Government Backed ‘MDBR’ Service Blocks Connections to Malicious Domains

A new Malicious Domain Blocking and Reporting (MDBR) service will help organizations improve security by preventing IT systems from connecting to malicious domains. 

Launched through a partnership between the U.S. Department of Homeland Security’s Cybersecurity Infrastructure Security Agency (CISA), Center for Internet Security (CIS), and Akamai Technologies, the MDBR service adds another layer of Domain Name System (DNS) security to help organizations protect applications. 

Expected to improve the security of U.S. state, local, tribal, and territorial (SLTT) government organizations, the fully managed proactive domain security service will be free for members CIS Multi-State Information Sharing and Analysis Center (MS-ISAC) and Elections Infrastructure Information Sharing and Analysis Center (EI-ISAC).

Through preventing connections to harmful domains, MDBR technology aims to reduce infections with known malware and ransomware, as well as prevent phishing and other common cyber-threats. Furthermore, the technology was meant to prevent malware from communicating with the command and control (C&C) server. 

Organizations looking to take advantage of MDBR simply need to point their DNS requests to Akamai’s DNS servers (MDBR is built on top of Akamai’s Enterprise Threat Protector (ETP) service). Thus, all DNS lookups are proactively compared against a list of known and suspected malicious domains.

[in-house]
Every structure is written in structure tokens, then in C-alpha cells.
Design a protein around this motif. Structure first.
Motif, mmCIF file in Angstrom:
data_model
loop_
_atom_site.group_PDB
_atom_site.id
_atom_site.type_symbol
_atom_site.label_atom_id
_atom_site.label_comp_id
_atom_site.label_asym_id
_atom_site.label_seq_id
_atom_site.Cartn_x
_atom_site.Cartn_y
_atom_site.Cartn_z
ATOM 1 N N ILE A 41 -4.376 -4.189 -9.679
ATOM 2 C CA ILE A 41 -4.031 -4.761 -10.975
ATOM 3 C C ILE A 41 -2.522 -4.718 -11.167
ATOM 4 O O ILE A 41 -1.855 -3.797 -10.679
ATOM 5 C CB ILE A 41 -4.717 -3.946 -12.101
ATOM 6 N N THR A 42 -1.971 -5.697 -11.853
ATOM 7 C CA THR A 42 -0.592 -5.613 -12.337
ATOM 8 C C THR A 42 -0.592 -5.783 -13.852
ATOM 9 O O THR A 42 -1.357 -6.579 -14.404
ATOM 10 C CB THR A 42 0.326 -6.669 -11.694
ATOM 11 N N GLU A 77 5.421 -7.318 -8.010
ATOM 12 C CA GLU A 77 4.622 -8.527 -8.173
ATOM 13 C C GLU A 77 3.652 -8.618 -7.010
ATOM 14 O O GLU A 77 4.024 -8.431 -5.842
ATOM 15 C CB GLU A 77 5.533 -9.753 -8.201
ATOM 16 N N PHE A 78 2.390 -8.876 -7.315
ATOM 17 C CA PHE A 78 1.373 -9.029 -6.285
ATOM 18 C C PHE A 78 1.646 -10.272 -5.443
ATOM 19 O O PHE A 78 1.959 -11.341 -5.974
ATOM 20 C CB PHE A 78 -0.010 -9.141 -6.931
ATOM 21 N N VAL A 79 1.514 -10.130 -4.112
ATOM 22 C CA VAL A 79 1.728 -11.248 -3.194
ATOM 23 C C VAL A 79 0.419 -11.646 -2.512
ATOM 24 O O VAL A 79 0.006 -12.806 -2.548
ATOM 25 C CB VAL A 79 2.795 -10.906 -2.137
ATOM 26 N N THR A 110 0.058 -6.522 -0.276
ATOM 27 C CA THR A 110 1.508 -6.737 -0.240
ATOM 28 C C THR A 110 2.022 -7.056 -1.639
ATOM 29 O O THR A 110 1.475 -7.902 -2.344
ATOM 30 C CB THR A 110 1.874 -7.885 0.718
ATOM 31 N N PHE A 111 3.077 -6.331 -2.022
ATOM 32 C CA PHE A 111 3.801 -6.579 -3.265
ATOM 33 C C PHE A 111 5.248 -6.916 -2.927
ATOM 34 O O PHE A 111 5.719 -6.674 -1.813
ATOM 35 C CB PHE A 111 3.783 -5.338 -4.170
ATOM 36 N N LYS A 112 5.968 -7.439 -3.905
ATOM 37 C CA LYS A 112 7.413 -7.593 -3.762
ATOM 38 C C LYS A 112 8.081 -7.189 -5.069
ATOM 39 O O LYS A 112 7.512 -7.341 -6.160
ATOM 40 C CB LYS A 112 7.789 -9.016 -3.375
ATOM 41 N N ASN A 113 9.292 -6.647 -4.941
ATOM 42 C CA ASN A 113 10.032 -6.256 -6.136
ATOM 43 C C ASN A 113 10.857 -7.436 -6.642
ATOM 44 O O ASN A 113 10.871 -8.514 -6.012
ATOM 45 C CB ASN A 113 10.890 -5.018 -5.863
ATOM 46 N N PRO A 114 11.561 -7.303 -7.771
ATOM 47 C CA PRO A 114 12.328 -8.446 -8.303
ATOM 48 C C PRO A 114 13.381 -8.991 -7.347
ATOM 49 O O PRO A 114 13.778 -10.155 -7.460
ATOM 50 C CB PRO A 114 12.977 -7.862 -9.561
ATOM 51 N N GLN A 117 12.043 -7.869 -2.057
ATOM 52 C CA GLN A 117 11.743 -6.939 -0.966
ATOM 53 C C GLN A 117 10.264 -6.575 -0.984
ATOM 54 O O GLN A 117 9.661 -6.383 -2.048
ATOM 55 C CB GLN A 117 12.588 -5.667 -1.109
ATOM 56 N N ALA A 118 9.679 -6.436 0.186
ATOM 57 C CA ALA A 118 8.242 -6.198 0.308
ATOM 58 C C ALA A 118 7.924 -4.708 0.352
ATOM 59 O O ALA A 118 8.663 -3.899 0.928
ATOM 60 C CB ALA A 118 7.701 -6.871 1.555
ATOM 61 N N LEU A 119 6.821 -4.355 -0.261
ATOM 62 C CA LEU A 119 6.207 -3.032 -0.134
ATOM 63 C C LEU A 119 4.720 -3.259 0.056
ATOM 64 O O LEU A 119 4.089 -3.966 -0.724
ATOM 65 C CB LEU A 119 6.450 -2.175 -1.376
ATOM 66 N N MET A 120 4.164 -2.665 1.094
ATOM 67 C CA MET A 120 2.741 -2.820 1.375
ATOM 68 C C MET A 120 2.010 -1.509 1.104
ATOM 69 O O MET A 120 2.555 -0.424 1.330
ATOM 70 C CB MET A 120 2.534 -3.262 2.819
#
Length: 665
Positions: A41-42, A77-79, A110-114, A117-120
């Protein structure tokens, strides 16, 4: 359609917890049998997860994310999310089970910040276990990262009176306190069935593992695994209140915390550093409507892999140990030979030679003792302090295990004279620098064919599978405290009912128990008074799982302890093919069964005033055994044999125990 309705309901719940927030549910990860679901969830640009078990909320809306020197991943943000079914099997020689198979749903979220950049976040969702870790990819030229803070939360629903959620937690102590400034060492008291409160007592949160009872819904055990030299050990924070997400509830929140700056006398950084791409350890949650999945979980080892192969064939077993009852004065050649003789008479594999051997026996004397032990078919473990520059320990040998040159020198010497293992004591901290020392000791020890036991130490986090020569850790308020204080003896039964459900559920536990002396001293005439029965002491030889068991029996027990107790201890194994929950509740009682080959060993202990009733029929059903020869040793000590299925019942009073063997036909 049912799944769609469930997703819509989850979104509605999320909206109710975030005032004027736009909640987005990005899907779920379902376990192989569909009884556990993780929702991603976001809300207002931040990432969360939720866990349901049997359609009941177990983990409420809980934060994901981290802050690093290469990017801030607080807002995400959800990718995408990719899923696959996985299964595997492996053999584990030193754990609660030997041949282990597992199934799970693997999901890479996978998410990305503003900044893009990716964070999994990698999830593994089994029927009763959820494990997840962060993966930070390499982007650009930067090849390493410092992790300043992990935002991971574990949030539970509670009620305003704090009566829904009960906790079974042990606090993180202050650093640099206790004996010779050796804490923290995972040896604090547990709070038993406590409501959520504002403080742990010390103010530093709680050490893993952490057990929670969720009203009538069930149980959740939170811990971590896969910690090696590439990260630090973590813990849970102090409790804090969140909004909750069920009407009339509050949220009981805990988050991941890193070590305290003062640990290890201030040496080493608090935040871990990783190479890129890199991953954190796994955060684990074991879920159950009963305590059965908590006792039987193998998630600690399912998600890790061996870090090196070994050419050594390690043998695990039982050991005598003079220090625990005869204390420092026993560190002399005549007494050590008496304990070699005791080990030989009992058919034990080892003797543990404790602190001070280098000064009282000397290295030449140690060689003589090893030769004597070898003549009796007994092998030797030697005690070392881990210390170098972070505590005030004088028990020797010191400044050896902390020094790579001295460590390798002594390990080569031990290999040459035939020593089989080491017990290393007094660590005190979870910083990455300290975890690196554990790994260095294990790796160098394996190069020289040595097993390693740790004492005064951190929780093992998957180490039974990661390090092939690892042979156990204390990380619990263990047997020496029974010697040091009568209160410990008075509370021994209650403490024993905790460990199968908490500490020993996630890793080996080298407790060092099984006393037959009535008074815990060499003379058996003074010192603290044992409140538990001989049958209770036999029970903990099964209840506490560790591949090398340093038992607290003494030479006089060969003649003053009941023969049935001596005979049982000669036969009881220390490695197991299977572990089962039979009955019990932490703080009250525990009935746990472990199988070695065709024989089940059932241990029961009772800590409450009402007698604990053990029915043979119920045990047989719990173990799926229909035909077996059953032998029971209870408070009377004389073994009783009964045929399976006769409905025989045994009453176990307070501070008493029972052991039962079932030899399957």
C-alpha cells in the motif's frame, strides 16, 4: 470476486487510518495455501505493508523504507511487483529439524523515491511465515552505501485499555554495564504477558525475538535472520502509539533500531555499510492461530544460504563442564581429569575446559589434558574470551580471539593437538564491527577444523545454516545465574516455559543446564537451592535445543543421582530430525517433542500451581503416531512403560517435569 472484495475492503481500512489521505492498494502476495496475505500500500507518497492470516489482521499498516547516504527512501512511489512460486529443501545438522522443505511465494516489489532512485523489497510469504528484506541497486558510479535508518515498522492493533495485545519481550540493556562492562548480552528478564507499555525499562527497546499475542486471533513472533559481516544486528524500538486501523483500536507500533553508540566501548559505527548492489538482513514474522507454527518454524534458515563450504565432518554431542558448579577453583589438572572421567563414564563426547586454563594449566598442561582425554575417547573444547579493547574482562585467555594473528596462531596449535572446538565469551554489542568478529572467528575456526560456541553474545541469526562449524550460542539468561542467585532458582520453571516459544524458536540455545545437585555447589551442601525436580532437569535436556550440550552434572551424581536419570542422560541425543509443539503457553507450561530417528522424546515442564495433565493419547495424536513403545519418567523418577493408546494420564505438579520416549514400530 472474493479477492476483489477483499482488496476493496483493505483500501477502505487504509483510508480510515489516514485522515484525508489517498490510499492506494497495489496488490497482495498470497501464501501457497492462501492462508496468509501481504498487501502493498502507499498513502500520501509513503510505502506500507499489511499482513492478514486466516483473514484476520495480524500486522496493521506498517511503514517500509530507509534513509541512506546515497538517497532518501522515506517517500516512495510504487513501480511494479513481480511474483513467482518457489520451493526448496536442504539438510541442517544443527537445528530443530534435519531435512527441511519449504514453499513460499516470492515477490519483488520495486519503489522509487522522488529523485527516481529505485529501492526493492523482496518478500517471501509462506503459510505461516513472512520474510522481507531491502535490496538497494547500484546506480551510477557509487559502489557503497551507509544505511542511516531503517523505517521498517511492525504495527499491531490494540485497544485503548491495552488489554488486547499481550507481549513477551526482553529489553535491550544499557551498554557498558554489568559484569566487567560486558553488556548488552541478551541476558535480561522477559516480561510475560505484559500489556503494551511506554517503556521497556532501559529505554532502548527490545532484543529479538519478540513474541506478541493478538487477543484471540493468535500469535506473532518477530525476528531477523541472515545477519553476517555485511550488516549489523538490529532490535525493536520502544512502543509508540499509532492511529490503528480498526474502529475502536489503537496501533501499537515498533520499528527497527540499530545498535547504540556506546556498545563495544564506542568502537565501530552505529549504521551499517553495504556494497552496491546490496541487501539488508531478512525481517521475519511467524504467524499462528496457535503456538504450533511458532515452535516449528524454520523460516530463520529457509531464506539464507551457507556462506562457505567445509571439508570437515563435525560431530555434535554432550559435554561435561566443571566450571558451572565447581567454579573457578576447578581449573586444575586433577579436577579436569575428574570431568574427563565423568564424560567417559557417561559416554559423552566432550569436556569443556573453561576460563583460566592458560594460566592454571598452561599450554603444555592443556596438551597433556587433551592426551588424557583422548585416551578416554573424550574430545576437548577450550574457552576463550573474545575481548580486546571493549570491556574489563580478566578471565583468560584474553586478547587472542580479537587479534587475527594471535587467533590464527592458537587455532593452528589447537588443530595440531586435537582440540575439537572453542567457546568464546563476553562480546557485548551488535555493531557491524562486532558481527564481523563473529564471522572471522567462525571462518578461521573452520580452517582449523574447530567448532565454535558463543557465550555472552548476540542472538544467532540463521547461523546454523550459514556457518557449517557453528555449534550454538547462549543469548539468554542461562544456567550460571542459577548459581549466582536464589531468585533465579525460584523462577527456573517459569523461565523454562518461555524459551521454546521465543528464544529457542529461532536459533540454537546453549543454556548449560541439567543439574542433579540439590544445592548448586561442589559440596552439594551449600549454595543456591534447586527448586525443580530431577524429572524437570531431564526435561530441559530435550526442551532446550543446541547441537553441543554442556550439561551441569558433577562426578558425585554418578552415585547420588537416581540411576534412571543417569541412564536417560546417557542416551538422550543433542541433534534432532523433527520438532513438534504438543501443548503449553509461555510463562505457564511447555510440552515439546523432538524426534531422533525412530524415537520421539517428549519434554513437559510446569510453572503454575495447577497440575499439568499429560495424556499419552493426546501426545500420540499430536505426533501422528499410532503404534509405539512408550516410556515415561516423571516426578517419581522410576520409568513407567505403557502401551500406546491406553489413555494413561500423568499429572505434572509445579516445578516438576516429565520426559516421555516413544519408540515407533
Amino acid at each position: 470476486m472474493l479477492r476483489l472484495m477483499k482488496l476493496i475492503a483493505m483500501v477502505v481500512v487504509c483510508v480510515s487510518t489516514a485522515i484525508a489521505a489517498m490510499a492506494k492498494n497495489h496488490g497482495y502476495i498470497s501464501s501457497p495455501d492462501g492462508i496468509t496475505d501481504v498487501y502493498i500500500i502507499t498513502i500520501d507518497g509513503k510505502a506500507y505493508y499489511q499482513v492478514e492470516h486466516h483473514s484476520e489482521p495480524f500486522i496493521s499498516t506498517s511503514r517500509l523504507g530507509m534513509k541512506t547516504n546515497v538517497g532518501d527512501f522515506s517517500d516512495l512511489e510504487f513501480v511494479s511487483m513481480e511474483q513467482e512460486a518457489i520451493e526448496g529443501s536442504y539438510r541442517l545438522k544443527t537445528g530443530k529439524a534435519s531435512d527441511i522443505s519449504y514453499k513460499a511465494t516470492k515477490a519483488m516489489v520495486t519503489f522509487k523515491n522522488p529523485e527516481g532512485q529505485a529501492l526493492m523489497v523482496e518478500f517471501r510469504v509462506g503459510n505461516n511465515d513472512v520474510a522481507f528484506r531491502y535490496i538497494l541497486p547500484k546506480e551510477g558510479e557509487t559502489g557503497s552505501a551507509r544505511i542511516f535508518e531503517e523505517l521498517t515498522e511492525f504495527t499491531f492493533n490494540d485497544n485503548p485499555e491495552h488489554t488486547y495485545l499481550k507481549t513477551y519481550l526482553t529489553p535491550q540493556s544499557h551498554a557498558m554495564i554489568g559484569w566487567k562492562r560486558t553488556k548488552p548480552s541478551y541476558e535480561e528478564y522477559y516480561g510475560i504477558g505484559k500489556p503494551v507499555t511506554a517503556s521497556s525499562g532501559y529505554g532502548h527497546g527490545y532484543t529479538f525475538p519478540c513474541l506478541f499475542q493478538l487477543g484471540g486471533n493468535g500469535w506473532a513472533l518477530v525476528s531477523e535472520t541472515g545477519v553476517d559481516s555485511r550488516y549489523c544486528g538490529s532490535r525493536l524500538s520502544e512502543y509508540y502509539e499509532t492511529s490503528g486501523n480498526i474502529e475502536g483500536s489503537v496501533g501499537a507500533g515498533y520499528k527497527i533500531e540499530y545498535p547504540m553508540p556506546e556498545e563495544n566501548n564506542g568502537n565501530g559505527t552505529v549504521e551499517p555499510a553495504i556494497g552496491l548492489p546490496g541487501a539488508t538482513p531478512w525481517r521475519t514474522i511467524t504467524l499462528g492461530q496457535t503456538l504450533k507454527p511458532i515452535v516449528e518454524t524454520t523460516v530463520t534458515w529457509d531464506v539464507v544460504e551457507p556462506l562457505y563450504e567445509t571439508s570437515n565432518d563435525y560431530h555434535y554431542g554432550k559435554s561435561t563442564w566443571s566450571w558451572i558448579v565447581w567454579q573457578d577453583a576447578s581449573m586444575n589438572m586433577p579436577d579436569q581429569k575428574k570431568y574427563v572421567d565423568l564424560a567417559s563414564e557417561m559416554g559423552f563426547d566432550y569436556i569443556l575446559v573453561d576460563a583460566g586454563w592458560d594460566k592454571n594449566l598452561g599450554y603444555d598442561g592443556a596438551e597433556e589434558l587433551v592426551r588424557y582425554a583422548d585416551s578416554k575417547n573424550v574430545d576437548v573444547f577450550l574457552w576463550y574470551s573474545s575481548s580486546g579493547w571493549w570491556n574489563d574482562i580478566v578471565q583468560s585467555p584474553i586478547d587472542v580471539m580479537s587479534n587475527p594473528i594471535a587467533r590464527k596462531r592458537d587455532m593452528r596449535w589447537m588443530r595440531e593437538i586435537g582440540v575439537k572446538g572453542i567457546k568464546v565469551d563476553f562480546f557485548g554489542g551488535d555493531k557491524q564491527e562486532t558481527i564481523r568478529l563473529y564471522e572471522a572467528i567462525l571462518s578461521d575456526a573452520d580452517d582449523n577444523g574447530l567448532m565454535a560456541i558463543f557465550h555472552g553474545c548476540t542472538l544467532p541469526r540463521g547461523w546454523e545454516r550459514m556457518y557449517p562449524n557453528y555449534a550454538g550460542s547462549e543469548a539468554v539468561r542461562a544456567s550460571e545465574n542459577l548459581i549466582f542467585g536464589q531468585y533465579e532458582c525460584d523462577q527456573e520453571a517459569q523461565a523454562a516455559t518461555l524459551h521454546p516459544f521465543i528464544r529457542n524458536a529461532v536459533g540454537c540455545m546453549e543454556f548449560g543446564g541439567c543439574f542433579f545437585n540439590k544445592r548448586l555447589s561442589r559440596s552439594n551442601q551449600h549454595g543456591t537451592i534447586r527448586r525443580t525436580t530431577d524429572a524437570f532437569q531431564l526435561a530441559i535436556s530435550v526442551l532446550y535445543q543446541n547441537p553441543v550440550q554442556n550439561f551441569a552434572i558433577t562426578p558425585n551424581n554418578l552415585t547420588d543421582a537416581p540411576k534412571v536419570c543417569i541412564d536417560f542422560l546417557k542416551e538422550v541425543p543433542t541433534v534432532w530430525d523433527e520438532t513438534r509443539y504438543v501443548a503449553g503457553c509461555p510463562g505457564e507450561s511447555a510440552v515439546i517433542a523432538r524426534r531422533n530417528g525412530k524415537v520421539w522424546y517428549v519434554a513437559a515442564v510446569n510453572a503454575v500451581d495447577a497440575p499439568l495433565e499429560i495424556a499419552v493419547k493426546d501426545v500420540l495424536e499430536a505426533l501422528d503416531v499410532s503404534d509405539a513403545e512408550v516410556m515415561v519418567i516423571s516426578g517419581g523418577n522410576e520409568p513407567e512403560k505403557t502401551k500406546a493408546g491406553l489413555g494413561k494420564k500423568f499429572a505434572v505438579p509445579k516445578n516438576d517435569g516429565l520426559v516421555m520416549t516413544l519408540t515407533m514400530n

Attempts to connect to these domains will be blocked and logged, and CIS’ security analysts will provide members with reports on these blocked requests, in addition to helping with remediation, if needed.

Any SLTT should be able to easily integrate MDBR into existing information technology (IT) infrastructure. With CIS and Akamai fully maintaining the service, organizations won’t have to worry about maintenance. 

All logged data will be delivered to the CIS Security Operations Center (SOC), including details on DNS requests, either successful or blocked, which will then be used for analysis and reporting, for the betterment of the SLTT community. Each organization will also receive specific reporting and CIS will deliver regular reporting and intelligence services to SLTT members.

“MDBR will help SLTTs turbocharge their cyber defenses. It will be a key player in CIS’s growing arsenal of our defense-in-depth tool kit,” James Globe, CIS Vice President of Operations and Security Services, commented.

Related: Most Malicious Coronavirus-Related Domains Located in U.S.

Related: Over 100,000 Fake Domains With Valid TLS Certificates Target Major Retailers

Related: Microsoft Files Lawsuit to Seize Domains Used in COVID-19-Themed Attacks

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Ionut Arghire is an international correspondent for SecurityWeek.

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